Below are a few of the many books by Stephen Scott, a Columbus, GA author who often goes by the moniker of “The Kudzu King.”
KATIE & THE KUDZU KING
This is a story about a kid named Beevie, who like most little boys, didn’t like to eat his vegetables. He especially didn’t like his mother’s casseroles and usually pouted when supper wasn’t some cool food like pizza or burgers. He gets a little too big for his britches one night after a skirmish with his mother and takes off into town on a mission to find some real food. His trip into town becomes a surreal adventure as he encounters one weird fast food restaurant after another. They not only don’t seem to have the food he wants, but things get increasingly bizarre as the night progresses. At each restaurant Beevie thinks he has found what he is looking for, only to be further frustrated by food even more grotesque than the last. After a nightmarish night of many wild and unearthly foods, his fatigue and hunger get the best of him and he decides that maybe, just maybe, Mom’s cooking is not so bad after all. This is the moral of the story, but we have fun getting to this point. ABOUT GRUNIONS The “grunions” he encounters are sardine-sized fish (genus Leuresthes) which are found only off the coast of California and Baja Mexico. They are about six inches long and are known for their unusual mating ritual. During high tides, the females move to the shallowest water and dig their tails into the sand to lay their eggs. The whole thing usually occurs at night and lasts for only half a minute or so. On the west coast, it is called a “Grunion Run”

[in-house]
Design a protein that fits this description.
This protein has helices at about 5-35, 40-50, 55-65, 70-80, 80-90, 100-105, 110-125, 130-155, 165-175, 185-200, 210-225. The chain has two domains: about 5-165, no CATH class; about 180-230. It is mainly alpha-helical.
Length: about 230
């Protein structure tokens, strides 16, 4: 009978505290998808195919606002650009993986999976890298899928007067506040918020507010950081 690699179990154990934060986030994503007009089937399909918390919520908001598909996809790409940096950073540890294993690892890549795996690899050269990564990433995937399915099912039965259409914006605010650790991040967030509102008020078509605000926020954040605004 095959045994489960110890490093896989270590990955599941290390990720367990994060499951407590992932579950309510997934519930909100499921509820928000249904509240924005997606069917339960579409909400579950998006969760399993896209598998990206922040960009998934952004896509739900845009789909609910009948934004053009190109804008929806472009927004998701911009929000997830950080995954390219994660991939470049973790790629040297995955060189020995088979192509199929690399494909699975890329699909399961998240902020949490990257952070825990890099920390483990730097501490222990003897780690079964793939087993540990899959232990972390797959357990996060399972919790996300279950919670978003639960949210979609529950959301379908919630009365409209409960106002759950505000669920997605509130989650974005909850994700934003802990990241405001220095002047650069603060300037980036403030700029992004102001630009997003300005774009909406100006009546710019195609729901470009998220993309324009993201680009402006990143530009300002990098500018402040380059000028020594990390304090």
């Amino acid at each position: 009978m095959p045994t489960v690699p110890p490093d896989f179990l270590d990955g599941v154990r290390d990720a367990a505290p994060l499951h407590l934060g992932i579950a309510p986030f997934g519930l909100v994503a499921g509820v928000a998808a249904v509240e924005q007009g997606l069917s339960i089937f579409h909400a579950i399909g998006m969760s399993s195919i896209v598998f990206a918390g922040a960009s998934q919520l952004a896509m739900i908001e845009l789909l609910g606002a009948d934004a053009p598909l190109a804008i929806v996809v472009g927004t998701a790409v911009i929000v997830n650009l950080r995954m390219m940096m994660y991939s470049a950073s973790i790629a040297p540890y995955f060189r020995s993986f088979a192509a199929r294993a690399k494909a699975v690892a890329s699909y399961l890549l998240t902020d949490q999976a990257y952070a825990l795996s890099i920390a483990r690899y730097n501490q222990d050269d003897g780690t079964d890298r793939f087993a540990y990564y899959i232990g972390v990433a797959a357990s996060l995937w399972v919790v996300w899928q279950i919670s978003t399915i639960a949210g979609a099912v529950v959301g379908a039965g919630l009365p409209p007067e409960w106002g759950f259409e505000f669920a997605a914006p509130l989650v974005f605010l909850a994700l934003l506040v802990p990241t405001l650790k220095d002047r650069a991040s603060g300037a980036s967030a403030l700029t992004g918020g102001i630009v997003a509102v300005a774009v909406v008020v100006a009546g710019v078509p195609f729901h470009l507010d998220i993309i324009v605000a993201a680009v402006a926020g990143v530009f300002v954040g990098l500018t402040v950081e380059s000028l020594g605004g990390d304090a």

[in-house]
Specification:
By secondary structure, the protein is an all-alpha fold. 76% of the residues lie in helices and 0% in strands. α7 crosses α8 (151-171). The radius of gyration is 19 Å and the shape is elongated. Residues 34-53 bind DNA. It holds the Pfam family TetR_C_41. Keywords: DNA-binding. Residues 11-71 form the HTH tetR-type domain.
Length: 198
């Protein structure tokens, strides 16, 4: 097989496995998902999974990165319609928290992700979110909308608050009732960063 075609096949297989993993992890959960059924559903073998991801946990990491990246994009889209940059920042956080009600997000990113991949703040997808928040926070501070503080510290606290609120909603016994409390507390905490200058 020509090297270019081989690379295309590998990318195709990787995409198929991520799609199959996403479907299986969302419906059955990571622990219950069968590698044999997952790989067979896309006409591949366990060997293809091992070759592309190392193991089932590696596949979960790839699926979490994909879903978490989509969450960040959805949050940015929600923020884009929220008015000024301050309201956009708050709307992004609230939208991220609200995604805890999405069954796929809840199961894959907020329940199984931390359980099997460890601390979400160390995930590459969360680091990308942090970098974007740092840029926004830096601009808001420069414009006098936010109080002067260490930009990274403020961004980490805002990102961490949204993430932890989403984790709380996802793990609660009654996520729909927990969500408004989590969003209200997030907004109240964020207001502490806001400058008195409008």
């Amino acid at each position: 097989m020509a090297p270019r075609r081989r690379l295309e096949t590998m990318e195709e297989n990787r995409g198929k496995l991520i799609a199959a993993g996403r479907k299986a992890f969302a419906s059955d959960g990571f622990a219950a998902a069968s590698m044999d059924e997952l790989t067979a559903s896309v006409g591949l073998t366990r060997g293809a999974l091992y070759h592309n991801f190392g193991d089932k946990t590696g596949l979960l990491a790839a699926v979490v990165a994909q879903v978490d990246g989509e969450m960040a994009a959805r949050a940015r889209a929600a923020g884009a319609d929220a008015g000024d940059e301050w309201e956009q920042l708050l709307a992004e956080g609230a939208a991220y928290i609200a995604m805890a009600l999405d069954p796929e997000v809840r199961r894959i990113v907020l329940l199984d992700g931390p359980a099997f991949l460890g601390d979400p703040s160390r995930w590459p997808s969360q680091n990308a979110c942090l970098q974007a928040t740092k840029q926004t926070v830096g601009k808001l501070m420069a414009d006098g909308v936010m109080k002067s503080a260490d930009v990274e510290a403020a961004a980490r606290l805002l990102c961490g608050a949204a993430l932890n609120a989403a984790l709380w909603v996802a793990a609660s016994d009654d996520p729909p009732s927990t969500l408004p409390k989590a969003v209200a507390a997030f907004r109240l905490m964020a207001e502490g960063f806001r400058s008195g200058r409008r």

BEN AND THE LITTLE BLUE BUS
One bright summer day, a giant cruise ship arrives at the tiny Caribbean Island port of St. Melvin, Antibulla. A British couple and their two children disembark for a day tour of the island. Looking for a car and driver for the day, they try to employ a limousine, but the children spy a battered little old bus, driven by a tall gregarious island man named Ben. The children win out and the adventure begins. The children want Ben to take them to the top of the island volcano. The parents are horrified but give in to all the excitement. Between the market area and the volcano, they encounter numerous obstacles, each to which Ben calmly replies “no problem” and proceeds to “motor through” any difficulty presented. He also adds “and up we go” or similar saying at each instance of the parents’ doubt.